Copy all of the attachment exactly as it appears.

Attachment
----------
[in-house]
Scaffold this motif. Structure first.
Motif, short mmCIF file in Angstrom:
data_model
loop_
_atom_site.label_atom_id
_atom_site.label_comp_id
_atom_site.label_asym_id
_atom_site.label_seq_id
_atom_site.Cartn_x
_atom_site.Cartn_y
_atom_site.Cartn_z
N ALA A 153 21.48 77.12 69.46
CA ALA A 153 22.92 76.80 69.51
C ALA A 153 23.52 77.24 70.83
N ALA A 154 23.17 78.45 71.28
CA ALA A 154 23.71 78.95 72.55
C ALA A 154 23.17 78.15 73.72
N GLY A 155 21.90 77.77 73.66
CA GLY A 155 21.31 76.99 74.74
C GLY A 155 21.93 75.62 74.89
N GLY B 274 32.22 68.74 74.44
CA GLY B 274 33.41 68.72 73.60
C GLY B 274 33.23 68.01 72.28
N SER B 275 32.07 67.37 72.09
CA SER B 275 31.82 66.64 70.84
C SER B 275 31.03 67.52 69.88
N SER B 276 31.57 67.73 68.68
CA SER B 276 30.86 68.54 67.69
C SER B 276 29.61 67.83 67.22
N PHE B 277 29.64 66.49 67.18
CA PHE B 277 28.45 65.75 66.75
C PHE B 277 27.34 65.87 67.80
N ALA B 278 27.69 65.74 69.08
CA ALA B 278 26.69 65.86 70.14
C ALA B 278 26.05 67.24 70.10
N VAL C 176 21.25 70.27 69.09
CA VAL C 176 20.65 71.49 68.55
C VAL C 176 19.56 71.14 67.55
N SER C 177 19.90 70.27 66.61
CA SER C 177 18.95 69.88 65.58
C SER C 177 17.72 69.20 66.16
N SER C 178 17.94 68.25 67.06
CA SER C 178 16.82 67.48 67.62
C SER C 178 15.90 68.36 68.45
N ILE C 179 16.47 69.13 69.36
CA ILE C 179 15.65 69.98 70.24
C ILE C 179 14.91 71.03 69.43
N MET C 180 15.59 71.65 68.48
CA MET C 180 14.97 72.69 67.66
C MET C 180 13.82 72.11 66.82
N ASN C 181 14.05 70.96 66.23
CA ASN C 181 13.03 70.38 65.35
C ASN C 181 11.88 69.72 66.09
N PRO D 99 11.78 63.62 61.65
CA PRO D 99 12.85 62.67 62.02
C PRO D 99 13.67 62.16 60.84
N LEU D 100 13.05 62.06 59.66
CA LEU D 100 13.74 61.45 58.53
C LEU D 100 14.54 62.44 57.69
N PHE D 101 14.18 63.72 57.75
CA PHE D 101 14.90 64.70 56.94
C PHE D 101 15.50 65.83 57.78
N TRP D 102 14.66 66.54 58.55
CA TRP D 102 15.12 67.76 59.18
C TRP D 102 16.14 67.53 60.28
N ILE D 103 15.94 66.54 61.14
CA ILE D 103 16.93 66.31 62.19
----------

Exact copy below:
[in-house]
Scaffold this motif. Structure first.
Motif, short mmCIF file in Angstrom:
data_model
loop_
_atom_site.label_atom_id
_atom_site.label_comp_id
_atom_site.label_asym_id
_atom_site.label_seq_id
_atom_site.Cartn_x
_atom_site.Cartn_y
_atom_site.Cartn_z
N ALA A 153 21.48 77.12 69.46
CA ALA A 153 22.92 76.80 69.51
C ALA A 153 23.52 77.24 70.83
N ALA A 154 23.17 78.45 71.28
CA ALA A 154 23.71 78.95 72.55
C ALA A 154 23.17 78.15 73.72
N GLY A 155 21.90 77.77 73.66
CA GLY A 155 21.31 76.99 74.74
C GLY A 155 21.93 75.62 74.89
N GLY B 274 32.22 68.74 74.44
CA GLY B 274 33.41 68.72 73.60
C GLY B 274 33.23 68.01 72.28
N SER B 275 32.07 67.37 72.09
CA SER B 275 31.82 66.64 70.84
C SER B 275 31.03 67.52 69.88
N SER B 276 31.57 67.73 68.68
CA SER B 276 30.86 68.54 67.69
C SER B 276 29.61 67.83 67.22
N PHE B 277 29.64 66.49 67.18
CA PHE B 277 28.45 65.75 66.75
C PHE B 277 27.34 65.87 67.80
N ALA B 278 27.69 65.74 69.08
CA ALA B 278 26.69 65.86 70.14
C ALA B 278 26.05 67.24 70.10
N VAL C 176 21.25 70.27 69.09
CA VAL C 176 20.65 71.49 68.55
C VAL C 176 19.56 71.14 67.55
N SER C 177 19.90 70.27 66.61
CA SER C 177 18.95 69.88 65.58
C SER C 177 17.72 69.20 66.16
N SER C 178 17.94 68.25 67.06
CA SER C 178 16.82 67.48 67.62
C SER C 178 15.90 68.36 68.45
N ILE C 179 16.47 69.13 69.36
CA ILE C 179 15.65 69.98 70.24
C ILE C 179 14.91 71.03 69.43
N MET C 180 15.59 71.65 68.48
CA MET C 180 14.97 72.69 67.66
C MET C 180 13.82 72.11 66.82
N ASN C 181 14.05 70.96 66.23
CA ASN C 181 13.03 70.38 65.35
C ASN C 181 11.88 69.72 66.09
N PRO D 99 11.78 63.62 61.65
CA PRO D 99 12.85 62.67 62.02
C PRO D 99 13.67 62.16 60.84
N LEU D 100 13.05 62.06 59.66
CA LEU D 100 13.74 61.45 58.53
C LEU D 100 14.54 62.44 57.69
N PHE D 101 14.18 63.72 57.75
CA PHE D 101 14.90 64.70 56.94
C PHE D 101 15.50 65.83 57.78
N TRP D 102 14.66 66.54 58.55
CA TRP D 102 15.12 67.76 59.18
C TRP D 102 16.14 67.53 60.28
N ILE D 103 15.94 66.54 61.14
CA ILE D 103 16.93 66.31 62.19